DUBAI/ABU DHABI, (Reuters) – Saudi Arabia joined Kuwait and Bahrain in lowering interest rates to ease credit conditions and underpin their banking systems on Thursday while the United Arab Emirates made a shock decision for the first time not to match a U.S. interest rate cut.
The latest move by Saudi Arabia marks the second reduction of its benchmark repurchase rate this month alone. The bank — which had not lowered the repo rate in four years prior to October — said easing inflationary pressures and expectations made the cut possible.
It cut the rate by 100 basis points to 4 percent.
“The central bank’s primary intention is to lower the cost of funding, which is a great concern for the private sector,” said John Sfakianakis, chief economist at SABB bank, HSBC’s Saudi affiliate.
The Gulf has massive infrastructure projects under way designed to diversify its economic away from relying on oil export revenues.
Many of these projects are public-private partnerships — but private investors are finding it difficult during the global credit crunch to access abudant and cheap funds.
Gulf Arab officials, like the rest of the world, have raced to alleviate the impact of the global financial crisis. They have slashed rates, guaranteed bank deposits, supported stock markets and poured billions into their banking systems.
The round of Gulf rate cuts on Thursday was aimed at defrosting frozen interbank lending rates. But at least one state, the UAE, decided it was not a useful tool and opted to stay on the sidelines.
The UAE, which pegs its currency to the dollar, left its rates untouched, according to central bank sources, despite the Federal Reserve’s 50-basis-point rate cut on Wednesday. The Gulf Arab state had lowered rates earlier this month, following a similar move by the Fed.
“We think cuts are not having the impact on local money markets and it is not meaningful at this point to cut,” one central bank official told Reuters.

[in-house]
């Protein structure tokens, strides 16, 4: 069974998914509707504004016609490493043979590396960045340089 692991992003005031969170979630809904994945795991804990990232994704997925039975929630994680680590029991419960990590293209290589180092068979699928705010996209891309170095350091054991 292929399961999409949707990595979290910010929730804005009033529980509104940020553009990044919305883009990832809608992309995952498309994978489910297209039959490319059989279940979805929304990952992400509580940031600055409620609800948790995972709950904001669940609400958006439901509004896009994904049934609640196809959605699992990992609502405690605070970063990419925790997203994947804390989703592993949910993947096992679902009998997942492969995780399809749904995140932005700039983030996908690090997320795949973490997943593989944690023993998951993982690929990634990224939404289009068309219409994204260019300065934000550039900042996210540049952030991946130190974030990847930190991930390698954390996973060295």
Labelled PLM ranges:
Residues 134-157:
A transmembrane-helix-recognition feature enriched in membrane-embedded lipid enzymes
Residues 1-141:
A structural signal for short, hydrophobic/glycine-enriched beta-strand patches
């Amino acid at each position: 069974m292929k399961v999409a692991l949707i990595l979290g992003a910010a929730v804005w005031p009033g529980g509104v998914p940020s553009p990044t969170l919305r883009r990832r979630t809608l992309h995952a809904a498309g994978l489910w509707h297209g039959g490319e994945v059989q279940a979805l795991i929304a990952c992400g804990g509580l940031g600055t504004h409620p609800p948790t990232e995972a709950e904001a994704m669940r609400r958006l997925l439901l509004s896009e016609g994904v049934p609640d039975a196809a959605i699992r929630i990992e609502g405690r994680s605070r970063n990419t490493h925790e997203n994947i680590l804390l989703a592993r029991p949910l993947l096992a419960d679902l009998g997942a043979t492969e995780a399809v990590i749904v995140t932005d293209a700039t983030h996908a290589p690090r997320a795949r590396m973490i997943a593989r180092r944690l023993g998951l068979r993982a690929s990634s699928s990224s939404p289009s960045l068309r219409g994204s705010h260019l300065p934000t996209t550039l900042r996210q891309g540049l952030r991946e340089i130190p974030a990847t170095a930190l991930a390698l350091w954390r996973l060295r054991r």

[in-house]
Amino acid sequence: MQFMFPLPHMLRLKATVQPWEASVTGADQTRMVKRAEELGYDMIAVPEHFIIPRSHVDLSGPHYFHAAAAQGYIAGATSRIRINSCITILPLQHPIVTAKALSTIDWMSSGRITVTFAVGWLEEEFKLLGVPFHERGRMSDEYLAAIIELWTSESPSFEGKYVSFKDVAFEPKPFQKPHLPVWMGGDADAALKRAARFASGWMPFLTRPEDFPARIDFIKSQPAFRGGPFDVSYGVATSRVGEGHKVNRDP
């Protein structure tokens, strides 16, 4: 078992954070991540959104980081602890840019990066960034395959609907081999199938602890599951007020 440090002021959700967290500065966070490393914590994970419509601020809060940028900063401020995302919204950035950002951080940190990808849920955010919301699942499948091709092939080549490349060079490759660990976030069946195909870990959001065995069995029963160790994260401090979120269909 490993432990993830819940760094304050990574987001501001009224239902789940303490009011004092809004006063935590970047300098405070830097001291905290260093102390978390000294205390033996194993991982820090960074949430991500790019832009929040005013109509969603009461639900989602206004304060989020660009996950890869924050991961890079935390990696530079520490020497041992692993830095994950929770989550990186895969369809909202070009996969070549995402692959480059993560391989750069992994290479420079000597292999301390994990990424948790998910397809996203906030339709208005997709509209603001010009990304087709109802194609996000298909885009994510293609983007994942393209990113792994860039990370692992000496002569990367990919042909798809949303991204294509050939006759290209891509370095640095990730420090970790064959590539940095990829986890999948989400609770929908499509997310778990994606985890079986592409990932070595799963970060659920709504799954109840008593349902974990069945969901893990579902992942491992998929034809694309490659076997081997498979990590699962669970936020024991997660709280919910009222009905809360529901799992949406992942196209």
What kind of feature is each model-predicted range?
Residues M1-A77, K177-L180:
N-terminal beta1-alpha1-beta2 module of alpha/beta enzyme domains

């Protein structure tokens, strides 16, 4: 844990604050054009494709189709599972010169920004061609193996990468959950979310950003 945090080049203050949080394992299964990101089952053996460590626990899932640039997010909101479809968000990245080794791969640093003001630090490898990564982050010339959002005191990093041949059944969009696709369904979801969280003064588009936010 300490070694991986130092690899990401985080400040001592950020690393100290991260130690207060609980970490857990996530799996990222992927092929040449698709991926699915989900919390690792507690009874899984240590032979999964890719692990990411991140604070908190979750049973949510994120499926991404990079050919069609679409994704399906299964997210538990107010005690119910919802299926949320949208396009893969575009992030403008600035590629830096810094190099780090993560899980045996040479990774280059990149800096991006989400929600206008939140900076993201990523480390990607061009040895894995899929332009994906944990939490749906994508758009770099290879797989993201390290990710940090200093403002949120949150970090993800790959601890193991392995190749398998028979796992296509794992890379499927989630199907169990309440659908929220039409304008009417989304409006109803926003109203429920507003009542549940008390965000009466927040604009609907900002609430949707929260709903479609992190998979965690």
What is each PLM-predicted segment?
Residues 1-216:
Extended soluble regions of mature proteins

A UAE central bank spokesman declined to comment.
Qatar, which sat out the last round of rate cuts earlier in October, also did not move interest rates immediately.
“Qatar hasn’t taken any decision to cut rates,” said a central bank official, who declined to be identified because he was not authorised to speak to the press.
“WILL NOT HESITATE”
For much of this year, Gulf states had responded to Fed cuts by lowering only deposit rates while keeping their lending rates on hold to prevent lower borrowing costs from stoking record-high inflation.
But the liquidity situation of Gulf banks has taken a 360-degree turn since the summer as the credit crisis spurred by defaults on U.S. subprime mortgages spread across the world, prompting Gulf officials to unleash a slew of policy responses.
In contrast to the UAE, Kuwait and Bahrain lowered interest rates for the second time this month in a bid to defrost frozen lending markets.
Kuwait, the only Gulf Arab state without a dollar peg, was forced to save its fifth-biggest lender from collapse earlier this week and its sovereign wealth fund has been pumping funds into a slumping local stock market.
“We will not hesitate to take the necessary action and procedures to strengthen stability of pillars of the national economy and preserve the safety and strength of the local banking sector,” central bank Governor Sheikh Salem Abdul-Aziz al-Sabah told state news agency KUNA on Thursday.
Meanwhile, Bahrain slashed its repurchase and overnight rates by a massive 125 basis points on Thursday and said the move reflected current interbank lending rates.
The island kingdom lowered its repo and overnight rates to 3.50 percent from 4.75 percent and expanded acceptable collateral for overnight funds to include ijara sukuk, a type of Islamic bond.
Following a number of measures to try to stabilise money markets this month, UAE and Saudi interbank rates have stabilised but not fallen after nearly doubling in four months.
In Kuwait, on the other hand, interbank rates are down 25 basis points this month while Bahraini interbank rates have dropped more than 30 basis points in the past two weeks.
Oman sets interest rates once a week, on Mondays.